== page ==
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Head of legal complaints body must not be a lawyer

Publication: 
Editorial Staff
chiefofficersnet

The UK government has set up a new body to deal with complaints against lawyers. The six-figure job has just been advertised - with the stipulation that it must go to a non-lawyer.

The Office for Legal Complaints (OLC) is a brand new organisation being set up as a result of the Legal Services Act 2007. The OLC will be responsible for the establishment of an Ombudsman service and provide a robust governance structure within which the Ombudsman will work.

The establishment of the Office marks a significant transformation in the regulation of legal services by separating from it the consideration and resolution of complaints from individuals about legal services.Working with the Chair and OLC Board, the Chief Ombudsman, who will also be Chief Executive of this new Non Departmental Public Body, will lead in the design of the organisation, establishing its culture and setting the tone for dispute resolution in the sector.

This is a high profile, national position with responsibility for all operational activities. In addition, you will lead the establishment of a new framework and through investigation and case work activity will establish the precedents for the resolution of complaints against legal service providers.This role requires a track record of successfully providing transformational leadership within a service provision environment. You will also need the ability to make robust, evidence based decisions leading to proportionate redress for service users. You will play a vital role in securing the confidence of a range of stakeholders.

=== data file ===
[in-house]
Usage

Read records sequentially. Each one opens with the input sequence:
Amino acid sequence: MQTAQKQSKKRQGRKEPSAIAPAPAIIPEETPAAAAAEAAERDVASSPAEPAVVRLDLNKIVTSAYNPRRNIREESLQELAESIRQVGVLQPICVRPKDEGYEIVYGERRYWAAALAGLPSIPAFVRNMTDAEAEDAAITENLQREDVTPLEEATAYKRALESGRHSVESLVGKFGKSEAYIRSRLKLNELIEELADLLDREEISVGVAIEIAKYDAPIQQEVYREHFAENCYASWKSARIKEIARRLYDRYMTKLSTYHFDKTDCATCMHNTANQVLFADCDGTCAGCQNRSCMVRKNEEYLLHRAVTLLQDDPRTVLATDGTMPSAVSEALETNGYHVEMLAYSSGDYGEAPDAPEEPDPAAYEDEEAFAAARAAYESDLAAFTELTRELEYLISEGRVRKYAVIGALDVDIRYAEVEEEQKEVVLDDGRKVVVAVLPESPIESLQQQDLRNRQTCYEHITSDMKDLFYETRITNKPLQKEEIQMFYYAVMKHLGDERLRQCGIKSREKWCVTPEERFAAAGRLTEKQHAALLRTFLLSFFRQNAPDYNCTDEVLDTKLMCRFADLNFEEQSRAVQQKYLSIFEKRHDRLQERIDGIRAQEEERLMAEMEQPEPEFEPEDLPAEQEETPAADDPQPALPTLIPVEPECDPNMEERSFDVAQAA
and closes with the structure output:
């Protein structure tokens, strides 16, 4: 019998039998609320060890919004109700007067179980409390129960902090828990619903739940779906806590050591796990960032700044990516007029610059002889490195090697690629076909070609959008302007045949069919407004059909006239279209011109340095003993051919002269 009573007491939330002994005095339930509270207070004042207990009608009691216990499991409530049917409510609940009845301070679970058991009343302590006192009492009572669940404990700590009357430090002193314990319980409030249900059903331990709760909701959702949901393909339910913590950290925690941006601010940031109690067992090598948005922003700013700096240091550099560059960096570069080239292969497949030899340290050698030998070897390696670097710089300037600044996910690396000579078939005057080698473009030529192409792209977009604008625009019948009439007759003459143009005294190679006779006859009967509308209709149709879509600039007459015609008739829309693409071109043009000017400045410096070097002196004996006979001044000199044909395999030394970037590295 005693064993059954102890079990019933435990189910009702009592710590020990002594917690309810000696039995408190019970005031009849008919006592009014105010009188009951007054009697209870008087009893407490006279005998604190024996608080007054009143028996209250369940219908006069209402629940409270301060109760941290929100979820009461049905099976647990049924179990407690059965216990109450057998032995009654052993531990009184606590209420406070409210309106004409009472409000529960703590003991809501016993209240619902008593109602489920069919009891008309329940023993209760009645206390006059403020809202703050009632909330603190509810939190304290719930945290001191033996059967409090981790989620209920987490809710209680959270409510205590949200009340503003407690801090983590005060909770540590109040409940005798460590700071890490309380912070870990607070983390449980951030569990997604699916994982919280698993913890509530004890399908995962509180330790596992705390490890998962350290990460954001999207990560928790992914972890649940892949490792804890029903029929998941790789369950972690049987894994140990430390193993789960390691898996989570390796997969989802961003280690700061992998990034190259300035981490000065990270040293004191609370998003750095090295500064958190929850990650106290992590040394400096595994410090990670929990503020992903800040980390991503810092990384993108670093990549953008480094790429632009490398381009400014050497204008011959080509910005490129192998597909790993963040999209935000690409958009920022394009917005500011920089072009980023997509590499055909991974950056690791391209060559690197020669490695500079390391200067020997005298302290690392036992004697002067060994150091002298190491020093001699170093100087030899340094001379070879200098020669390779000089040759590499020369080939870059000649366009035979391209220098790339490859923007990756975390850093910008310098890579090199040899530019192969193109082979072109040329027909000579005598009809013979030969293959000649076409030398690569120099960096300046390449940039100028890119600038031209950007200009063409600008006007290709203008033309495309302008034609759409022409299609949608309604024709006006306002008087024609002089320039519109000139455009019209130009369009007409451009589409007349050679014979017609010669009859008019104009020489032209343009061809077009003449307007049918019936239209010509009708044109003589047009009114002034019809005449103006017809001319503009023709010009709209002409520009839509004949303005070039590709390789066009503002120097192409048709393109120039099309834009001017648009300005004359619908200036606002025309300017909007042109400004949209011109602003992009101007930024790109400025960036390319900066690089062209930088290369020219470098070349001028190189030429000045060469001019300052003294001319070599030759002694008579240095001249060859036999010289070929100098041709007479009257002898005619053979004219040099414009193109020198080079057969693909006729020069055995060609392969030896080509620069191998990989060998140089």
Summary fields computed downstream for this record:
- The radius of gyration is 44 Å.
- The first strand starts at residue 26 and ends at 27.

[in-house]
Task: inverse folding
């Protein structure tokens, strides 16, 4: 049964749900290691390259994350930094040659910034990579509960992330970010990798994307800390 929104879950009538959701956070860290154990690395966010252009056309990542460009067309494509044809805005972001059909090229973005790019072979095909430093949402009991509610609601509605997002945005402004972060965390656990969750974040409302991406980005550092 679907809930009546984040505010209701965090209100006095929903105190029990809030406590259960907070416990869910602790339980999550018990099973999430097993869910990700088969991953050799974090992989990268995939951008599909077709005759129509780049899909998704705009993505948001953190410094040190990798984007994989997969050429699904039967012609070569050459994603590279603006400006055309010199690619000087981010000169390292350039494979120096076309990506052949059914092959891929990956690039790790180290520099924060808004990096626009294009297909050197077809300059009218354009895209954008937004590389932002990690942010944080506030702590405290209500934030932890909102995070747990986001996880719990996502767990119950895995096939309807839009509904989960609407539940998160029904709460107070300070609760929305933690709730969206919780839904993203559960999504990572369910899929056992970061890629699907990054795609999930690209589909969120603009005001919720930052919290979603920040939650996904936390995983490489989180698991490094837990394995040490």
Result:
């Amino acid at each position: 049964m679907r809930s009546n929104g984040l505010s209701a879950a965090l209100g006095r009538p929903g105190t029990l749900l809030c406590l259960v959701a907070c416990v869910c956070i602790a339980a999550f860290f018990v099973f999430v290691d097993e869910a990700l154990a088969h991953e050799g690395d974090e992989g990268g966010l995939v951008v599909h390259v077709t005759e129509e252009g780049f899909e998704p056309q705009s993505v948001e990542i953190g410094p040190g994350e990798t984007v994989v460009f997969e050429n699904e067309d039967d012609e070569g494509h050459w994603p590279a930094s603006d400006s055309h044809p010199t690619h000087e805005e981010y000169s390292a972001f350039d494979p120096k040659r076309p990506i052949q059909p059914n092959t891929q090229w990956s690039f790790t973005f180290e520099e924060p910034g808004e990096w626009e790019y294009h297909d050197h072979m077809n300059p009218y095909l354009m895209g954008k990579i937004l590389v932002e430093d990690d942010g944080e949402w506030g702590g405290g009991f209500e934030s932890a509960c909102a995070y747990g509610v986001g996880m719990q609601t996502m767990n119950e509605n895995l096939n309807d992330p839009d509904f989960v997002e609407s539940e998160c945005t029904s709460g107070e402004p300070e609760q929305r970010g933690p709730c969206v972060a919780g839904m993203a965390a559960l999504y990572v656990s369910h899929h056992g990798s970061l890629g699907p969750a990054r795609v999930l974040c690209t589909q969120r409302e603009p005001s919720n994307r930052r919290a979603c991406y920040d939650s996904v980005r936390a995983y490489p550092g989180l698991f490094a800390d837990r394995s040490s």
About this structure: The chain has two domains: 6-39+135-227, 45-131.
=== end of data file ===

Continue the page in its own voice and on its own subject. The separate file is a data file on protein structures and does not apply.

This is a potentially sensitive and complex area of dispute resolution which requires experience of risk management and a commitment to continuous improvement.To succeed in post, you will need to command the confidence of the OLC Board, the Legal Services Board, government departments, approved regulators and consumers. As Chief Ombudsman you must be ready to take responsibility for your decisions and to exercise independence, while adopting a collaborative approach with a range of organisations and individuals.

You will demonstrate strong leadership, strategic vision, intellectual strength and energy and enthusiasm. In return, the role offers an unrivalled opportunity to shape a new organisation and to act as a key public face of legal services reform.NB. Please note that as stipulated by the Legal Services Act the Chief Ombudsman must be a “lay person” as defined in the Legal Services Act, Schedule 1 (4).

Legal Services Act, Schedule 1 (4)

(4) In this Schedule a reference to a “lay person” is a reference to a person who has never been—(a) an authorised person in relation to an activity which is a reserved legal activity;(b) a person authorised, by a person designated under section 5(1) of the Compensation Act 2006, to provide services which are regulated claims management services (within the meaning of that Act);(c) an advocate in Scotland;(d) a solicitor in Scotland;(e) a member of the Bar of Northern Ireland;(f) a solicitor of the Court of Judicature of Northern Ireland.

So to summarise: the person who cannot have been a legal practitioner in the UK will create a disciplinary regime, including compensation assessment. The implication (from words such as "chair" and "working with") is that this advertisement is drafted by the government and the post is a politically driven appointment created under an Act that many in practice see as having been designed to dismantle much of the solicitors' branch of the legal profession, driven by barristers in government.

It is interesting to note that foreign lawyers are not precluded.

That, coupled with the implication that a UK qualified lawyer could not be trusted to be independent is a slap in the face to an honourable profession.

 


 

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